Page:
Democratic Republic of Congo

    Djinto tried to do everything right. She attended regular prenatal sessions to prepare for the birth of her child. Her pregnancy progressed normally, though she had been warned that the child she carried was too large for Djinto’s young 17 year old body to handle.

  • Cellina

    Kenya

    Cellina Nyasugutha is a community health volunteer with Daraja Mbili, an outreach program based in Kisii.

  • Aidah

    Nigeria

    72 year old Aidah lived with obstetric fistula for an astounding 41 years before accessing treatment at Evangel Vesico-Vaginal Fistula Center in Jos. Her family stuck by her side the entire time, and recounted to hospital staff how fistula severely limited her (and their) opportunities and success in life.

  • Marivelo

    Madagascar

    In May, 2013, Marivelo went in to labor with her first child. Her labor lasted for four days. The child did not survive, and Marivelo was left incontinent of urine. She had developed an obstetric fistula as a result of the prolonged, unrelieved labor.

  • Zeinabou

    Niger

    Zeinabou comes from a village 100 miles north of Danja, Niger. She was married and became pregnant while still in her teens. As is the local custom, Zeinabou planned to deliver her baby at home because maternity services are not easily accessible.

  • Alitash

    Ethiopia

    Alitash is 56 years old and lives in a small village about 50 kilometers east of Aira, a large town in western Ethiopia. She has given birth three times – her first two children died as teenagers, and the third was stillborn.

  • Rahila

    Guinea

    Rahila never had the opportunity to attend school; instead, she sells donuts in the market and farms for a living. She married at age 14 and became pregnant soon thereafter. Unfortunately, Rahila developed obstetric fistula during delivery and was left leaking urine and feces.

  • Ravony

    Madagascar

    For the last eight years, Ravony has suffered with obstetric fistula, which caused her to leak urine uncontrollably. Her fistula was the result of a five day labor that ended in the death of her child.

  • Fina

    Tanzania

    Sixteen years ago, a childbirth injury turned Fina’s life upside down. But after losing everything—her health, her husband, even her own family—she was determined to take her future into her own hands.

  • Nathi-Uganda

    Nathi

    Uganda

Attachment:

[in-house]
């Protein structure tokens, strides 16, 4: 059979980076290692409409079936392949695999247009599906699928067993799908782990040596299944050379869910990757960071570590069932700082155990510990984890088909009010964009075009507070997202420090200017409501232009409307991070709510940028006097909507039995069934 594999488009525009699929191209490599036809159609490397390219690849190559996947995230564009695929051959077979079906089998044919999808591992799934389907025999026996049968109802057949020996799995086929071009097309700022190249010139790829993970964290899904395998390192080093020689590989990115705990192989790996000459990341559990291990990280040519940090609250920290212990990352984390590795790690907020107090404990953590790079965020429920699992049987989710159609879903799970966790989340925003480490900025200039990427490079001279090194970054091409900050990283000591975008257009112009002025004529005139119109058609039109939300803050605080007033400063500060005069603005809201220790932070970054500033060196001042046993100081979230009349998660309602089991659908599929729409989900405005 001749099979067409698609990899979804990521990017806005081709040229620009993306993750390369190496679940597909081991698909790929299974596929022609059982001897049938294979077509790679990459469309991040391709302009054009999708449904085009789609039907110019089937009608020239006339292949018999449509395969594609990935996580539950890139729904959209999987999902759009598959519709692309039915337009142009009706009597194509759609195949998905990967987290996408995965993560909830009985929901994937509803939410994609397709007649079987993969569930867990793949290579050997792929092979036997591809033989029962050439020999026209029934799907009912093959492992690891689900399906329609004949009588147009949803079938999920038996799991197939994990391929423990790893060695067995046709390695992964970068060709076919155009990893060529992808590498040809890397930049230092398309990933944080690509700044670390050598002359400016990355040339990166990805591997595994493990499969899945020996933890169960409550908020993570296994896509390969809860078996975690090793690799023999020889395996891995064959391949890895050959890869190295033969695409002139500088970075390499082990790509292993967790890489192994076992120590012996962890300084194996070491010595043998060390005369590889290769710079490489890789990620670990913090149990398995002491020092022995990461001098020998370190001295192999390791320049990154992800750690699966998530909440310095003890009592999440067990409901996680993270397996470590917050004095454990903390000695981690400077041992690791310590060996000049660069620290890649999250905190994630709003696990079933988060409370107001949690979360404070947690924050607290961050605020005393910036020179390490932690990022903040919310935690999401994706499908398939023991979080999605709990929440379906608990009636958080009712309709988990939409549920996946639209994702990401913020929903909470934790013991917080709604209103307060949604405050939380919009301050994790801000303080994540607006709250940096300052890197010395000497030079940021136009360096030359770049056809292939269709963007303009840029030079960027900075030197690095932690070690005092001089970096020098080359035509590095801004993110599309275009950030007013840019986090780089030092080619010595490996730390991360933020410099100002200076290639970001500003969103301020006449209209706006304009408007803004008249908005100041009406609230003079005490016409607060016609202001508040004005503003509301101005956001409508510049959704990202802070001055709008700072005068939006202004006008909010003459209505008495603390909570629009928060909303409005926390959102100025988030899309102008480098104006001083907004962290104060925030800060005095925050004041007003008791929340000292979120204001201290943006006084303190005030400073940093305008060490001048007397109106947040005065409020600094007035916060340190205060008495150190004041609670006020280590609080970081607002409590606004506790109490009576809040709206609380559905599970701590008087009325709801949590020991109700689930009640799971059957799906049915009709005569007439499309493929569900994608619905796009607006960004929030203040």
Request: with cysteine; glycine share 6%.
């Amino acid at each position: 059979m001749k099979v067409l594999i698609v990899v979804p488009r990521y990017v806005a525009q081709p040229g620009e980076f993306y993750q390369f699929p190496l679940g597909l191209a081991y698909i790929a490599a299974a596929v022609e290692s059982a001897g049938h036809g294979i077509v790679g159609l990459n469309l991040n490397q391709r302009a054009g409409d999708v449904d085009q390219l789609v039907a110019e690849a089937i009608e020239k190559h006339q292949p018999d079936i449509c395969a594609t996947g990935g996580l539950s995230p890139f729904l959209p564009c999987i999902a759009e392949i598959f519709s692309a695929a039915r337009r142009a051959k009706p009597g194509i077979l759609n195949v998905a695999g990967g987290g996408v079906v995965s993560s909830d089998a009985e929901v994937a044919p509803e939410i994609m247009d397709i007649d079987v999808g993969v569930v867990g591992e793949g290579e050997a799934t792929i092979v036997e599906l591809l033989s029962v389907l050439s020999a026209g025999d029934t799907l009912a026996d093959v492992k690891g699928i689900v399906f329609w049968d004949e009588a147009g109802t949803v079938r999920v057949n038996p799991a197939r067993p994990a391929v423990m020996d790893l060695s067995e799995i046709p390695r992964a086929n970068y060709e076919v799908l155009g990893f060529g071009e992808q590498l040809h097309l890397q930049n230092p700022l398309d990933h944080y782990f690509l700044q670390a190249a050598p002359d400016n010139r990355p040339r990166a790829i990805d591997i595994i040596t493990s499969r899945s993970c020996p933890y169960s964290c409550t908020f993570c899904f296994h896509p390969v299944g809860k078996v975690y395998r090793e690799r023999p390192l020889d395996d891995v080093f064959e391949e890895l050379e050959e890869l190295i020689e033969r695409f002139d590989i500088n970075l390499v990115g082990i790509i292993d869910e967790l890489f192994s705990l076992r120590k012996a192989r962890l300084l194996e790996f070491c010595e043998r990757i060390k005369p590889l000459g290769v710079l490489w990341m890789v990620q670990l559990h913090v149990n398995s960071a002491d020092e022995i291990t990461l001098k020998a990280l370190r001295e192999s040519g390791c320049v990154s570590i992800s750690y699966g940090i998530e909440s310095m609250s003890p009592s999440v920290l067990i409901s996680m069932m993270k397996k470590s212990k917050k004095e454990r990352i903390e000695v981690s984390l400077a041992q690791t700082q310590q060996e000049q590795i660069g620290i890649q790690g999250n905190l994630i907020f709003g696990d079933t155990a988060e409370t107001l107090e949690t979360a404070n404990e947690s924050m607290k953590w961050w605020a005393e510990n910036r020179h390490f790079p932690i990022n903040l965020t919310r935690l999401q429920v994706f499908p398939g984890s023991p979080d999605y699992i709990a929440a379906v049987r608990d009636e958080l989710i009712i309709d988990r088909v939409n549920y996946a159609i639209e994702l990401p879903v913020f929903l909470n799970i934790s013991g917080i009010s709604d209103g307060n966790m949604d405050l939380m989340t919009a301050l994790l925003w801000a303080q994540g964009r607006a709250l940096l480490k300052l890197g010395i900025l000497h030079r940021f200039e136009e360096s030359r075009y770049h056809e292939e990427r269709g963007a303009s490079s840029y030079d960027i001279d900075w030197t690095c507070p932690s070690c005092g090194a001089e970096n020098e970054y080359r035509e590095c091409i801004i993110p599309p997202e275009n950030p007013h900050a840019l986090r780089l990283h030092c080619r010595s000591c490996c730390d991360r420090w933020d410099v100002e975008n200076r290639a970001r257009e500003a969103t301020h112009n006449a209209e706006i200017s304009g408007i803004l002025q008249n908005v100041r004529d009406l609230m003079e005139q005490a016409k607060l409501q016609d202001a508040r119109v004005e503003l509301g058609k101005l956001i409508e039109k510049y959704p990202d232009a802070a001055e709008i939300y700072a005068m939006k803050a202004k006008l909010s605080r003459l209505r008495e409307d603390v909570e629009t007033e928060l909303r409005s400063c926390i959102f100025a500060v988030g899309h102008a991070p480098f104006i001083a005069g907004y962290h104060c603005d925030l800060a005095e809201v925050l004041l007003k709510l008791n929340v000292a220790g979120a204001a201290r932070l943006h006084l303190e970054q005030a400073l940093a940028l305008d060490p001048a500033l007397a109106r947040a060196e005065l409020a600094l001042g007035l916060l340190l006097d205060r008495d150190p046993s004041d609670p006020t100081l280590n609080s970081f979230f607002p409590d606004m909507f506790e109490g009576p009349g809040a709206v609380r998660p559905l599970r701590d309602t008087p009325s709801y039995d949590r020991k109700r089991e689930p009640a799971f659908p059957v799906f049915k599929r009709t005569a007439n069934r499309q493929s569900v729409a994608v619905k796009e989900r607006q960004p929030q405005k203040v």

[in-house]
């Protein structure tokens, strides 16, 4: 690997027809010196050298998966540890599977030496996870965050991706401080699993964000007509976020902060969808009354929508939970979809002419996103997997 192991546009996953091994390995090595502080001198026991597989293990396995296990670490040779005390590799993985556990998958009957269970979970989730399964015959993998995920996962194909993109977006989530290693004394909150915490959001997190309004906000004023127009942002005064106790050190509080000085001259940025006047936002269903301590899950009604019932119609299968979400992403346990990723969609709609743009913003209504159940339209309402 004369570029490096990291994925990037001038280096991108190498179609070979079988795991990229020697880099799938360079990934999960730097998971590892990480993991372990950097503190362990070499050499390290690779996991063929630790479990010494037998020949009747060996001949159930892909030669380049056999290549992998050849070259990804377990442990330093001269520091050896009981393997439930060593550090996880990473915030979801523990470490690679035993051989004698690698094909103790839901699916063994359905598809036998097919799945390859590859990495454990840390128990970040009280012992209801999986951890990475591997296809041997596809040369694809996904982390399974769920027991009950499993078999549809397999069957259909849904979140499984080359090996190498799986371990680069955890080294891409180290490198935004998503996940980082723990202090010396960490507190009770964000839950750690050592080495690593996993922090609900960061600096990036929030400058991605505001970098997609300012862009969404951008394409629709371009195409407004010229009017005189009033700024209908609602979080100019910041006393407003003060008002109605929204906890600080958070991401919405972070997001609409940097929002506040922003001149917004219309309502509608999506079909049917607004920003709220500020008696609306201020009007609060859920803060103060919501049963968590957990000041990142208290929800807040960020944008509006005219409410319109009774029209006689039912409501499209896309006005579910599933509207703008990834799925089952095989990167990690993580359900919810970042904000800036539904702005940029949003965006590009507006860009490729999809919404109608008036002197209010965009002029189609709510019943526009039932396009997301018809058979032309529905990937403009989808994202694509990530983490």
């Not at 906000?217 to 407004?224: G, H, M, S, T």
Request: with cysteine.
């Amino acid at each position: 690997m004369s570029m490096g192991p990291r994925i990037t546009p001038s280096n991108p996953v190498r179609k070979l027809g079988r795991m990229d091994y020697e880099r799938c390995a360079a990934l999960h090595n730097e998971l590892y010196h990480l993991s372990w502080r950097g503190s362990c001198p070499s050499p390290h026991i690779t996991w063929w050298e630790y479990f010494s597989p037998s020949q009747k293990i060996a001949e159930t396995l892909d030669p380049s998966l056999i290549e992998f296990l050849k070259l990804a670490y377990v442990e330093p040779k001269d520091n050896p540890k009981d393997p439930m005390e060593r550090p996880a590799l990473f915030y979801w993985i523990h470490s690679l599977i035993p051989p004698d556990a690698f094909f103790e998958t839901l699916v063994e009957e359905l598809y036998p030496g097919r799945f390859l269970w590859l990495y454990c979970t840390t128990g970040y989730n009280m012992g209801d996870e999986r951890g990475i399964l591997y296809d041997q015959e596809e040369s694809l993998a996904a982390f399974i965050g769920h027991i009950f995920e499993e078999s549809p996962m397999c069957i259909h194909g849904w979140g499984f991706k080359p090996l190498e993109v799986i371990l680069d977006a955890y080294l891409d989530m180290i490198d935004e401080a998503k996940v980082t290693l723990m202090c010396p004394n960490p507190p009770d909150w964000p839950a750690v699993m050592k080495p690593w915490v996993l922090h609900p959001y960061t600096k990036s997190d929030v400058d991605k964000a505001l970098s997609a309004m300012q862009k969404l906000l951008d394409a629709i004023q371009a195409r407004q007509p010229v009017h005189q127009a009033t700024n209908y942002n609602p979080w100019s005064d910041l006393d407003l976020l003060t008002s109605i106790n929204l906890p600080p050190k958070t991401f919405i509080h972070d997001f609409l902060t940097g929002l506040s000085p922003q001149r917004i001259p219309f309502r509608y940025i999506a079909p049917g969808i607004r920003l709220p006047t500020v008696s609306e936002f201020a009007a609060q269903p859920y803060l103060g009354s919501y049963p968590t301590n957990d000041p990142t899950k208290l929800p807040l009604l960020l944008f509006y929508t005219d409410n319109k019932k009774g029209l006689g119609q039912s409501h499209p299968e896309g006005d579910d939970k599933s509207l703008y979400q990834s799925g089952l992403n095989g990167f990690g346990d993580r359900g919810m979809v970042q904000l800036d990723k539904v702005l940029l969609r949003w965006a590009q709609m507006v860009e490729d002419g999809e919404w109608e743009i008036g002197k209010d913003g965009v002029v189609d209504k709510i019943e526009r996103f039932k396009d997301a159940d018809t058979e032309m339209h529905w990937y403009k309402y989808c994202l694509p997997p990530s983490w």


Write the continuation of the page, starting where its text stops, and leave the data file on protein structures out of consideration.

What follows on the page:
Nathi* lives in Uganda. She was married at the age of 13 and two years later was pregnant with her first child. After enduring a difficult labor, Nathi lost her baby and was left with obstetric fistula, incontinent and leaking wastes. Her husband abandoned her and soon after, her family did, too. At 15, she was alone and scared.

  • Lida

    Afghanistan

    Lida gave birth to her first and only child 12 years ago. Sadly, the baby died shortly after it was born. Not only that, but Lida developed a fistula during the difficult delivery and started leaking urine constantly from that day.

  • Flavia

    Flavia

    Angola

    Flavia is a shy 17 year old girl who was married when she was just 15. Soon after, she became pregnant. Her labor began at home, but the family was unprepared when the labor became obstructed. Not knowing what to do, they finally took her to a hospital.

  • Awetu

    Tanzania

    After Awetu developed a fistula following a difficult labor and delivery, her husband left her and married another. She was heartbroken.

  • Justine

    Uganda

    Justine is 37 years old and lives in Bumasiki , a small village in Bugiri District in Uganda. When her labor pains began, she prepared to go to the hospital but didn’t have enough money to get there. She arrived 20 hours later after gathering sufficient funds from friends and neighbors; but by then, she had developed an obstetric fistula.

  • Grace

    Kenya

    Grace got married in 1994, and explained that she immediately felt a burden upon herself to give birth to as many children as possible as quickly as possible in order to earn respect and stability in her marriage. This, she said, is the status quo in the rural African context.

  • Towanda

    Zimbabwe

    Towanda is 20 years old and from a rural area just outside of Harare, Zimbabwe’s capital city. Four years ago at the age of 16, she became pregnant. When the time came to deliver, there were a lot of complications.